-A width of 28 to 30 inches. A wider SUP, like my 34" wide board, is too slow. It's also probably too wide for my body type which can disrupt my paddle stroke. I'm a smaller paddler so I need a more narrow board. I don't bring a bunch of gear so I don't need much storage space.
-A thickness of 12cm as opposed to 15cm. This one's not a must because there are some good boards out there that are 15cm (6") thick, but I'm under 150lbs so based on what I've learned I stand to gain by going with a 12cm (5") thickness offered by premium brands. Lower center of gravity = more stability.
-A volume of 300 liters or less. A board is going to respond differently to me than it is to a heavier person. I'm not bringing along a child or a pet or gear and I don't need a lot of weight capacity. Ideally I'd like to find a board designed with a 130 to 160 pound person in mind. Also, a board with less volume requires less pumped air! I don't mind manually pumping up a SUP but I'll do anything I can to speed up the process.
-Durability. This would seem like a no brainer but sometimes racing boards are made with one thing in mind - speed - and may not be designed with as much durability as an all around board. So the goal is to find a board with the above characteristics and durability. Lakes and rivers can have rocks and sticks.
-A weight of 24lbs or less. Most boards meet this characteristic but there are some hefty ones that would be disqualified by weight alone.  

The board that best meets all of the above characteristics appears to be the Red Paddle Co. 11'0 Sport model.

Sunday, July 31, 2022

How Simple Can You Make Music? No Theory, No Chords, No Key, No Genre, No Style, No Nothing

The last 2.5 years have been weird. In a lot of ways. Musically, I've gone through a period of not wanting to play music at all, to a period of extreme creativity, to a phase of wanting to learn complex music theory and harmony (not successful), back to a stage of not wanting to play at all, and now in a state of trying to maintain some type of interest and keep it going as a hobby. At the moment, the best method of doing so seems to be trying to make it as simple as possible.

Kimolas chase the rabbit

The simplest way I can think of is whistling. Whistling a melody would be an example of keeping it simple. Playing that whistled melody on a musical instrument is just one step up in complexity. If you can find those notes on a musical instrument and play the melody, then no further thought is needed. Done, done...and done. 

I could leave it at that. But I'm going to add two more things to it:

1) Because I am aware of the major scale (do, re, mi, et cetera), I am going to analyze that melody by figuring out which number of the scale each note conforms to. In other words, can I make the entire melody fit within the notes of the major scale? Most melodies will fit. When it does fit it is diatonic. It's like a puzzle. Half-steps are either going to be note 7 to note 1 or note 3 to note 4. Once this major scale puzzle is conquered I assign each note a number based on where it falls in the major scale.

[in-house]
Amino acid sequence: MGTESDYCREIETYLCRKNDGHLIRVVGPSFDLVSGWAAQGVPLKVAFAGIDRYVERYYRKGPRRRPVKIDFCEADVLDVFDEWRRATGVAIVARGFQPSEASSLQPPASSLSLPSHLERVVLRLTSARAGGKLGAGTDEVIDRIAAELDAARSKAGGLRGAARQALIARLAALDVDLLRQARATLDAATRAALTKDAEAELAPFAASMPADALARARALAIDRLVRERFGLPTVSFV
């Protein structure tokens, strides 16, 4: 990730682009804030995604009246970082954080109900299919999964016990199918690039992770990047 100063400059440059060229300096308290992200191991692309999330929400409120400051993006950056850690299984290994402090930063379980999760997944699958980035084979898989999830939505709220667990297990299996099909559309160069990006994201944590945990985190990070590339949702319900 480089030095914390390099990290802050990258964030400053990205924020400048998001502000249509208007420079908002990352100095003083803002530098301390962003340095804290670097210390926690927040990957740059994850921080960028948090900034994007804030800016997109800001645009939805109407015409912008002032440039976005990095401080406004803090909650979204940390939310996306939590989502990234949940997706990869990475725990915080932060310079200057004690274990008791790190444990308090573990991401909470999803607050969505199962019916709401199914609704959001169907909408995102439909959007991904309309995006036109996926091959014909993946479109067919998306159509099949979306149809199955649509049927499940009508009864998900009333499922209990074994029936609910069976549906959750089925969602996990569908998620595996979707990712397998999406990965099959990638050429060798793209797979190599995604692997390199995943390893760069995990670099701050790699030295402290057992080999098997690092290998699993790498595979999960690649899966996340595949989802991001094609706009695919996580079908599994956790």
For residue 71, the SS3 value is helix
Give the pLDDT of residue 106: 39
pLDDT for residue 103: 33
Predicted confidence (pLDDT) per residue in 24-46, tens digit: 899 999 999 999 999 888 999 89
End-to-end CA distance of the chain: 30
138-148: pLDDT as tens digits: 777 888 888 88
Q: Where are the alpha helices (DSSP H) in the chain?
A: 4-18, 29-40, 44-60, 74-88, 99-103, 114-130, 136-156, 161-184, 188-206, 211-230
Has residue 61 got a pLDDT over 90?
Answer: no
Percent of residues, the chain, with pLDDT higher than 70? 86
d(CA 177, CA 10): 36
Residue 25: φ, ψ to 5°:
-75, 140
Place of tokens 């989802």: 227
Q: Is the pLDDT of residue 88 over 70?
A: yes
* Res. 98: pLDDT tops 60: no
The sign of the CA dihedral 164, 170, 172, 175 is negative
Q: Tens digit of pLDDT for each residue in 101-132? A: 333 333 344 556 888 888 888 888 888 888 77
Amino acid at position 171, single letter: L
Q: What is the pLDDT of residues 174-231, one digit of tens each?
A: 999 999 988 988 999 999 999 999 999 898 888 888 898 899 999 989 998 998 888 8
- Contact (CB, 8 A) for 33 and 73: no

2) Independent of number 1 above, I take time to practice playing the major scale on my fretted instrument using two different fingerings. In the first way of playing, note 1 of the major scale is under my middle finger. In the second way I have note 1 of the major scale fall under my pinky finger. That's it. Now I know two different patterns to play the same melody because I can see how the melody is simply a variation of the major scale. That's it. 

That's it.

And that's it!

Saturday, July 23, 2022

Stand Up Paddleboard vs. Folding Kayak

I almost got an Oru folding kayak but didn't. I got an inflatable stand up paddleboard (iSUP) instead. Next year I might still get an Oru, but for this summer I decided on an inflatable stand up paddleboard that could double as a kayak. Specifically, I chose the Tahe Beach 10'6" SUP-YAK over the Oru Lake/Lake+. Here are some things I thought about when making this decision.

Portability: tie

Folding kayaks and iSUPs will each fit in the trunk or backseat of your car, making packability, portability and storage essentially a tie. 

Set Up Time: advantage Oru Lake

Here's a category where the Oru stands out, especially the Lake model. Once you get good at it, it's said that you can easily fold/unfold the Lake in under three minutes. It takes me almost ten minutes to pump up the iSUP to 15psi and then three or four additional minutes to attach the seat or chair and footrest. You're in the water ten minutes quicker with the Oru. (So far, I don't mind manually pumping the iSUP for 8 to 10 minutes. It's kind of like a pre-kayak warmup workout. You can always get an electric pump...for an additional cost.)

Weight: tie